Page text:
I get up, and nothing gets me down. Not even the scary sign, just outside Roncesvalles saying 'Santiago de Compostela: 790 km’. After the Hell of the Pyrenees, today should be a walk in the park, one endless descent. Easy-peasy. The miles are flying. I’m enjoying every meter. The landscape seems painted by Claude Monet. Bright greens against a crystal blue sky. Shimmering light peeping through luscious forests. Little dirt roads cutting through rolling hills. This is postcard Camino with wild horses watching my every move.
I have the legs but my left shoulder is hurting like crazy. I keep hearing the same words, getting louder with every step: ‘Make-that-backpack-lighter.’ For miles and miles, I go through every item in my bag. Do I really need this? Can I live without that? Pain or no pain, I’m on a roll. Every time I see a fellow pilgrim on the horizon, I walk straight towards him. I’m unstoppable. Around lunch, I meet up with Lauren who started 2 hours before me. Hasta la vista, baby. I soon reach Zubiri, the first of many charming villages along the Arga river. Larrasoana - the traditional stop of stage 2 - is 5 kilometres further downstream. It’s 1 PM, way too early to call it quits. What the hell am I going to do all afternoon in this cul-de-sac? A Shakespearian dilemma unfolds. To stop or not to stop? That is the question.
I decide to move on, trying to get as close to Pamplona as possible, following the Arga river. The scenery is breathtaking. The sound of the mountain water is my only companion. Summit fever is growing in my head. Can I do 2 stages in 1? Jump right to Pamplona? I have the legs but what about time? If I arrive too late, all beds might be taken. I switch to an even higher gear.
The roads are empty now, only one pilgrim keeps following me. “Is this the way to Pamplona?” I ask him in Zuriain. “You want to go to Pamplona?” he responds in disbelief. “Yeah, it’s only 10 more km, we can make it. But hey, up to you.” I continue my journey. No time to waste. It’s 3 PM, I really need to start thinking of a place to sleep. I don't want to push my luck. My feet are starting to feel like yoghurt. The path is never ending: up, down, up, down. Maybe those 10 kilometres were just a figure of speech.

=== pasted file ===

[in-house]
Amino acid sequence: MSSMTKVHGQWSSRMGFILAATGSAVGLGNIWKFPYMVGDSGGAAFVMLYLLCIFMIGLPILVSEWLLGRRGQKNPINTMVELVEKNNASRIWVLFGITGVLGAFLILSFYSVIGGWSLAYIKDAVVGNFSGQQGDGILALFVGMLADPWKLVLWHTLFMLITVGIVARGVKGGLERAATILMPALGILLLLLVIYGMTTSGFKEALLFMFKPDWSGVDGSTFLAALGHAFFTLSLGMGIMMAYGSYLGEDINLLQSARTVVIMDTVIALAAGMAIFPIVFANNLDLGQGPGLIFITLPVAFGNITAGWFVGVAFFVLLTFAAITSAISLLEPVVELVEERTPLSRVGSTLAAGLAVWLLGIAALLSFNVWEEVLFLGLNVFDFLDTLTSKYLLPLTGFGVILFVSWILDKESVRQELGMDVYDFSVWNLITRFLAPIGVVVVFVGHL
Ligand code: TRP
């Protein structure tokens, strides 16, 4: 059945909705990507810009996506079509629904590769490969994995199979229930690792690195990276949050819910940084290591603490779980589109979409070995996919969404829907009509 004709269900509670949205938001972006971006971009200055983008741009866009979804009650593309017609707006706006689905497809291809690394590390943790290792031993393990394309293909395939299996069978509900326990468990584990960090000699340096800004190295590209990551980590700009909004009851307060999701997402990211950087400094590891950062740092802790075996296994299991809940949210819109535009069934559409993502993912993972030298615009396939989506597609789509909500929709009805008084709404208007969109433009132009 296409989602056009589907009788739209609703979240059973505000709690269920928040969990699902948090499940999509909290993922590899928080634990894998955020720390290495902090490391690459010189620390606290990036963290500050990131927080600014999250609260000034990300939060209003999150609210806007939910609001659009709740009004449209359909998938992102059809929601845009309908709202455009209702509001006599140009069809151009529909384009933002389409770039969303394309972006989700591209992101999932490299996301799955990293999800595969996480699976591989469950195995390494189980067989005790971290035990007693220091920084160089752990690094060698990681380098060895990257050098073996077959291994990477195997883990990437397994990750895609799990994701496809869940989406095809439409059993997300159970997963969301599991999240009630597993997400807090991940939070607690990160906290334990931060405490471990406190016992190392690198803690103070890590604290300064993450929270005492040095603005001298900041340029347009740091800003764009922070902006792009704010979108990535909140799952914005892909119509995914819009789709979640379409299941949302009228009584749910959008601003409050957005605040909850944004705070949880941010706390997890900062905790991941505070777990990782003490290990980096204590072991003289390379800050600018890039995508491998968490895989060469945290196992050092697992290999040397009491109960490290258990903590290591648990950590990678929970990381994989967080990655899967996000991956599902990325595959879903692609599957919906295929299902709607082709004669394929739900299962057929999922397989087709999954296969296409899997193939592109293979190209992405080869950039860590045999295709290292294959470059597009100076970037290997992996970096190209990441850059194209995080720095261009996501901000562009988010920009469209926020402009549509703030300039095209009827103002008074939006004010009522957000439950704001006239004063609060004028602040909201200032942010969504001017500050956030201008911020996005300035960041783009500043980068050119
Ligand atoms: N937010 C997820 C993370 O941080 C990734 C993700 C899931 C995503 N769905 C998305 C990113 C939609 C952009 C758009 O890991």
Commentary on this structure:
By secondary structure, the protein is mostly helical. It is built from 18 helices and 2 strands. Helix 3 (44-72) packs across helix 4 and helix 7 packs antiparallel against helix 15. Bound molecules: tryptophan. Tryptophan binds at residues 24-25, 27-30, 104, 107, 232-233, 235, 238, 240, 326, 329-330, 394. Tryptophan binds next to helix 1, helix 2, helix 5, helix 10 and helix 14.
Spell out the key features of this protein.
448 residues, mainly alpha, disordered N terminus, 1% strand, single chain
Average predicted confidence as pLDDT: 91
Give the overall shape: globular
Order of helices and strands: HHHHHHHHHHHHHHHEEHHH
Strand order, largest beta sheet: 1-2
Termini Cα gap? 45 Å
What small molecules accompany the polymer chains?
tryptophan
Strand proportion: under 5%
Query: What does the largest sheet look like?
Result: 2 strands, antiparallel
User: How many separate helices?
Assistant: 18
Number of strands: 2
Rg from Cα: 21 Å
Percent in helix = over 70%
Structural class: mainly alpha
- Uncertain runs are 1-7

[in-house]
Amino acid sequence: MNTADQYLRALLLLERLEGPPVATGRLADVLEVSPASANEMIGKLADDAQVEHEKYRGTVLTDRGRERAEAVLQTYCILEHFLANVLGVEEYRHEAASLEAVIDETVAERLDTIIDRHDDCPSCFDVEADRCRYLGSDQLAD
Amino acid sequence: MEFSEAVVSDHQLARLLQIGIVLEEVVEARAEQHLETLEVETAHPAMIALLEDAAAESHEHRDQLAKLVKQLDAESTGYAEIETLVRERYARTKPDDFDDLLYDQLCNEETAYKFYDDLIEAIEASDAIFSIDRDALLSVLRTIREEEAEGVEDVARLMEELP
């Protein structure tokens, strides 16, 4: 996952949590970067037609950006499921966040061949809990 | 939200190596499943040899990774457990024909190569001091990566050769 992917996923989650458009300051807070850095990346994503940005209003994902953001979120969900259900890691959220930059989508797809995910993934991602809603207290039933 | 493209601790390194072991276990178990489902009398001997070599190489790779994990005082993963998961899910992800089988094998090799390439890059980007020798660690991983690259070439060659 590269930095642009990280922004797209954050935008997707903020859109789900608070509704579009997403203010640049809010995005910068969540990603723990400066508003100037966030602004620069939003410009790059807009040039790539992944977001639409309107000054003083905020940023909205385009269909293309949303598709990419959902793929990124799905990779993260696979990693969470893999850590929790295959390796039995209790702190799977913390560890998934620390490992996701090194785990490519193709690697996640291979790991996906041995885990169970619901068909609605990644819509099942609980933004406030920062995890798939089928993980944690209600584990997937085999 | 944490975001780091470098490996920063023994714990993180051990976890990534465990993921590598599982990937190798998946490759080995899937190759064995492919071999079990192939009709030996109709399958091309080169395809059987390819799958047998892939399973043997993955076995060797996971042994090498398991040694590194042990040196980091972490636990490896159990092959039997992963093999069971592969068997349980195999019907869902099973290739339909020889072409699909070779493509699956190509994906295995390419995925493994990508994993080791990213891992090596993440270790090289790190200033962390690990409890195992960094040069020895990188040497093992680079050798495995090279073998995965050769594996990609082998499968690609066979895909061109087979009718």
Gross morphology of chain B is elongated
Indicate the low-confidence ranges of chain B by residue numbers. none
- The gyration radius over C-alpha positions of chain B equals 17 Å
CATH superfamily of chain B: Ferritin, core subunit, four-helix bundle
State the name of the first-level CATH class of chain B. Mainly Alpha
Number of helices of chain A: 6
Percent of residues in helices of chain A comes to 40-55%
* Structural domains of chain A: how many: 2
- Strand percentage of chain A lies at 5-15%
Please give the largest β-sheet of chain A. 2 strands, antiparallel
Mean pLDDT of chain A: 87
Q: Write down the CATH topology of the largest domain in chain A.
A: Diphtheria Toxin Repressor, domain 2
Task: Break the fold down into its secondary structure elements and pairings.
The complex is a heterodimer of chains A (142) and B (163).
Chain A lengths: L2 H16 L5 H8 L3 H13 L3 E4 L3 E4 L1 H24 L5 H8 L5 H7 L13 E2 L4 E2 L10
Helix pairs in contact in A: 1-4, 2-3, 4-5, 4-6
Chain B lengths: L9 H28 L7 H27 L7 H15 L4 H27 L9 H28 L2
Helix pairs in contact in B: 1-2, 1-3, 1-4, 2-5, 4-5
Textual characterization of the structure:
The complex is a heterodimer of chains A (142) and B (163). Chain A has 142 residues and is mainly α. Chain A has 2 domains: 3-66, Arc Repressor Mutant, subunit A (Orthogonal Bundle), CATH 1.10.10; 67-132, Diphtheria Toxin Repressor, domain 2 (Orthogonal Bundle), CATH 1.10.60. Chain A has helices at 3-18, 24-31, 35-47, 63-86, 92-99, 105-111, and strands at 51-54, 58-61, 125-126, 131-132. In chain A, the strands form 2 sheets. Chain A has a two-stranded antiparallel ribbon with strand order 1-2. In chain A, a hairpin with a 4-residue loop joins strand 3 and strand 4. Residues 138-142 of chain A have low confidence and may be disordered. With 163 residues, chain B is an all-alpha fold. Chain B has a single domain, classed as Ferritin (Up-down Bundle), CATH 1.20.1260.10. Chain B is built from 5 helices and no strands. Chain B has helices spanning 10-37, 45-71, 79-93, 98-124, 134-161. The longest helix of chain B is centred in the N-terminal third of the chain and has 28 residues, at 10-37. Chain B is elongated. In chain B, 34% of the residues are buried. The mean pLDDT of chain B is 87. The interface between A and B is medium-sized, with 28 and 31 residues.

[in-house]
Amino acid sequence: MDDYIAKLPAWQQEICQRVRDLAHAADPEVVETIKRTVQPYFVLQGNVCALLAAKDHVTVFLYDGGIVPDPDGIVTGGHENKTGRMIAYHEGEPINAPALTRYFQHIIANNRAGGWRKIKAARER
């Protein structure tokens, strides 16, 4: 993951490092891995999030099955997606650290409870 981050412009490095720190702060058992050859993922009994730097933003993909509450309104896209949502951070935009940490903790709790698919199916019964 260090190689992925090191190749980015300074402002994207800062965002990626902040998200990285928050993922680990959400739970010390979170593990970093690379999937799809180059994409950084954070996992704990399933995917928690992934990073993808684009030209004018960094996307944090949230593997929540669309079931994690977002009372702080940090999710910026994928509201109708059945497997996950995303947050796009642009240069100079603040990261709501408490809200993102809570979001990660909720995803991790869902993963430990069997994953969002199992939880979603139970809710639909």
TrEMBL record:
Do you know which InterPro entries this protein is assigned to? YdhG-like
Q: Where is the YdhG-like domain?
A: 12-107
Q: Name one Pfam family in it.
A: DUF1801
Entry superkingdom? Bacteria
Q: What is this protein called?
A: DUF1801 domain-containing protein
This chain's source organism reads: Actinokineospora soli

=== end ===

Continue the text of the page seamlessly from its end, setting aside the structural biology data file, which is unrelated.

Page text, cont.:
I cross the lovely bridge of Arre with its amazing Albergue inside an old watermill. A dream place to sleep. But summit fever fever has gotten hold of me. Pamplona or bust! I must be really close. I’ve already reached the outskirts. It’s weird, after just 2 days on the Camino, the city feels hostile. Like I’m transported from the Middle Ages to the 21st century in just one second. What are those fast moving things again? Oh yeah, busses. The suburbs are getting more depressing with every step. I pass a gypsy family dismantling an old fridge. Pieces are flying all over the pavement. There’s no way I’m staying here. Keep going! The concrete floor is killing me. My shoes seem a little too big. My feet are sliding back and forward. Not much, just enough to cause serious damage. I can feel something’s burning. Where the hell is Pamplona?
I finally reach the medieval Puenta de la Magdalena leading to the city centre. It’s 5 PM when I walk into the Casa Paderborn. I already know the verdict that’s awaiting me: ‘Completo.’ Now what? I’ve walked 46 km and I am simply dead. The German Hospitalero feels kinda sorry for me. “Let me call the other albergues.” Alas, completo too. Damn, I’m really screwed. “Hold on” says Klaus “I know a place nearby.” Meanwhile, my pilgrim doppelgänger walks into the room. “Are you also looking for a place?” asks the Hospitalero - “Si” - “Great, this place still has beds.” My whole body fills with happiness. That typical warm glow, like when you find your wallet back. I could kiss our German saviour.
With heavy feet we walk towards Hostel Xarma, right around the corner. It’s slightly more expensive: 15 euro. Not that we care, we’re so tired, we’re willing to pay 100. My feet have blisters, the size of a small African nation. They can start a federation with the blisters of my pilgrim companion. We are both crippled. But when in Pamplona, do as the Pamplonians. It’s Thursday night, Fiesta time! With baby steps, we manage to limp downtown. The inner city is booming. Everybody seems drunk. Women are screaming. Boys are pumped up, looking for trouble. We’re lucky to find 2 seats, right at the counter of a tapas bar. Tonight is jeuvepintxos: €2 pintxos come with a free portion of booze, which I pass to my companion. His name is Ernesto, a Venezuelan living in Paris. Santé, Amigo. We both managed to walk 46 km from Roncesvalles to Pamplona. And in the next few days, we’ll both pay the price for it.
Don’t try to be a hero. Walking from Roncesvalles to Pamplona is stupid. You’ll be crippled by blisters for weeks.
Where to sleep?
A bed in a 6 persons dorm at Xarma Hostel costs 15 euro, including breakfast. There’s free cake, coffee and tea in the kitchen; a comfy sitting area and a garden. The owner is extremely helpful. A great alternative - walking distance from the centre - when all the cheaper albergues are full. Avoid the San Fermin festival, July 7-14, when the whole city goes ballistic for the bull runs. Hotels will be totally overbooked and overpriced.
Pamplona is a true fortress-city dominated by military architecture, like the star shaped citadel. I wasn’t that impressed. I guess one needs to be in a Hemingway-an Fiesta mood. The city centre is filled with bars. The nearby neo-classical facade of the cathedral hides a gothic interior. Deep scratches on every wall remind us of dangerous bull horns.